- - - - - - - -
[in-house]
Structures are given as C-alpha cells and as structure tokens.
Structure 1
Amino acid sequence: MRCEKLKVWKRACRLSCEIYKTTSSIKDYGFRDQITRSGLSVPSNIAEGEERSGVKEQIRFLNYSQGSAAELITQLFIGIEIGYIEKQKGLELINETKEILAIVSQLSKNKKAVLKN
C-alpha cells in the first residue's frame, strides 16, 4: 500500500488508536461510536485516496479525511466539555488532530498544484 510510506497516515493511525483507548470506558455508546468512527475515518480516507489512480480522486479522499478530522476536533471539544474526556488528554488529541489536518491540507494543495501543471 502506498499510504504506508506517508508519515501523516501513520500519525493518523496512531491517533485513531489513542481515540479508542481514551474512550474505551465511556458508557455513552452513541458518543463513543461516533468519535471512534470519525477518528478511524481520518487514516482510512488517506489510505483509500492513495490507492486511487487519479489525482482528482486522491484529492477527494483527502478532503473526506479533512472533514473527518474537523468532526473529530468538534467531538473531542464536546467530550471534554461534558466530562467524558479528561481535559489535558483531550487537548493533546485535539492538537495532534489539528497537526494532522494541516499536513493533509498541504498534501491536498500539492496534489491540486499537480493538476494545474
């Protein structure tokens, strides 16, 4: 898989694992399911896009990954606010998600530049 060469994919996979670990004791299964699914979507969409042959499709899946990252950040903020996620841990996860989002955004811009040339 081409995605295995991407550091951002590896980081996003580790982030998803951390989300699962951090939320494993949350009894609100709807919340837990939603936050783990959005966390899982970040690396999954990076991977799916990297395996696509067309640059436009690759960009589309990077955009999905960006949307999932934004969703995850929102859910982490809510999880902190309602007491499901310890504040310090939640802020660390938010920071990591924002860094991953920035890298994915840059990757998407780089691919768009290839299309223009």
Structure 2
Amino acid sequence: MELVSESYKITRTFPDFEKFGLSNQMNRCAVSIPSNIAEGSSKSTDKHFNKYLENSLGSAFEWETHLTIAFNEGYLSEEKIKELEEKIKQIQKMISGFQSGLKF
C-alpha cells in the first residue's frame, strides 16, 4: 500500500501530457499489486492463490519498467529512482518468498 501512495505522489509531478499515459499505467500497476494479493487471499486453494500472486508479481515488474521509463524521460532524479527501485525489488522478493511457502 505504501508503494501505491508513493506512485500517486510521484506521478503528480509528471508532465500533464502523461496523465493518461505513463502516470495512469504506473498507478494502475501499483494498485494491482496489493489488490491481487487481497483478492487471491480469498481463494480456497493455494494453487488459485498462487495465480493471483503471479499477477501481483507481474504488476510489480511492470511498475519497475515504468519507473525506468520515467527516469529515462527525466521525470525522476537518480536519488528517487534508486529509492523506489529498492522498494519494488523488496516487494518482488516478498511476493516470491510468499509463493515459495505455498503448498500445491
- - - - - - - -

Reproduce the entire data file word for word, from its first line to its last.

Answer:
[in-house]
Structures are given as C-alpha cells and as structure tokens.
Structure 1
Amino acid sequence: MRCEKLKVWKRACRLSCEIYKTTSSIKDYGFRDQITRSGLSVPSNIAEGEERSGVKEQIRFLNYSQGSAAELITQLFIGIEIGYIEKQKGLELINETKEILAIVSQLSKNKKAVLKN
C-alpha cells in the first residue's frame, strides 16, 4: 500500500488508536461510536485516496479525511466539555488532530498544484 510510506497516515493511525483507548470506558455508546468512527475515518480516507489512480480522486479522499478530522476536533471539544474526556488528554488529541489536518491540507494543495501543471 502506498499510504504506508506517508508519515501523516501513520500519525493518523496512531491517533485513531489513542481515540479508542481514551474512550474505551465511556458508557455513552452513541458518543463513543461516533468519535471512534470519525477518528478511524481520518487514516482510512488517506489510505483509500492513495490507492486511487487519479489525482482528482486522491484529492477527494483527502478532503473526506479533512472533514473527518474537523468532526473529530468538534467531538473531542464536546467530550471534554461534558466530562467524558479528561481535559489535558483531550487537548493533546485535539492538537495532534489539528497537526494532522494541516499536513493533509498541504498534501491536498500539492496534489491540486499537480493538476494545474
């Protein structure tokens, strides 16, 4: 898989694992399911896009990954606010998600530049 060469994919996979670990004791299964699914979507969409042959499709899946990252950040903020996620841990996860989002955004811009040339 081409995605295995991407550091951002590896980081996003580790982030998803951390989300699962951090939320494993949350009894609100709807919340837990939603936050783990959005966390899982970040690396999954990076991977799916990297395996696509067309640059436009690759960009589309990077955009999905960006949307999932934004969703995850929102859910982490809510999880902190309602007491499901310890504040310090939640802020660390938010920071990591924002860094991953920035890298994915840059990757998407780089691919768009290839299309223009």
Structure 2
Amino acid sequence: MELVSESYKITRTFPDFEKFGLSNQMNRCAVSIPSNIAEGSSKSTDKHFNKYLENSLGSAFEWETHLTIAFNEGYLSEEKIKELEEKIKQIQKMISGFQSGLKF
C-alpha cells in the first residue's frame, strides 16, 4: 500500500501530457499489486492463490519498467529512482518468498 501512495505522489509531478499515459499505467500497476494479493487471499486453494500472486508479481515488474521509463524521460532524479527501485525489488522478493511457502 505504501508503494501505491508513493506512485500517486510521484506521478503528480509528471508532465500533464502523461496523465493518461505513463502516470495512469504506473498507478494502475501499483494498485494491482496489493489488490491481487487481497483478492487471491480469498481463494480456497493455494494453487488459485498462487495465480493471483503471479499477477501481483507481474504488476510489480511492470511498475519497475515504468519507473525506468520515467527516469529515462527525466521525470525522476537518480536519488528517487534508486529509492523506489529498492522498494519494488523488496516487494518482488516478498511476493516470491510468499509463493515459495505455498503448498500445491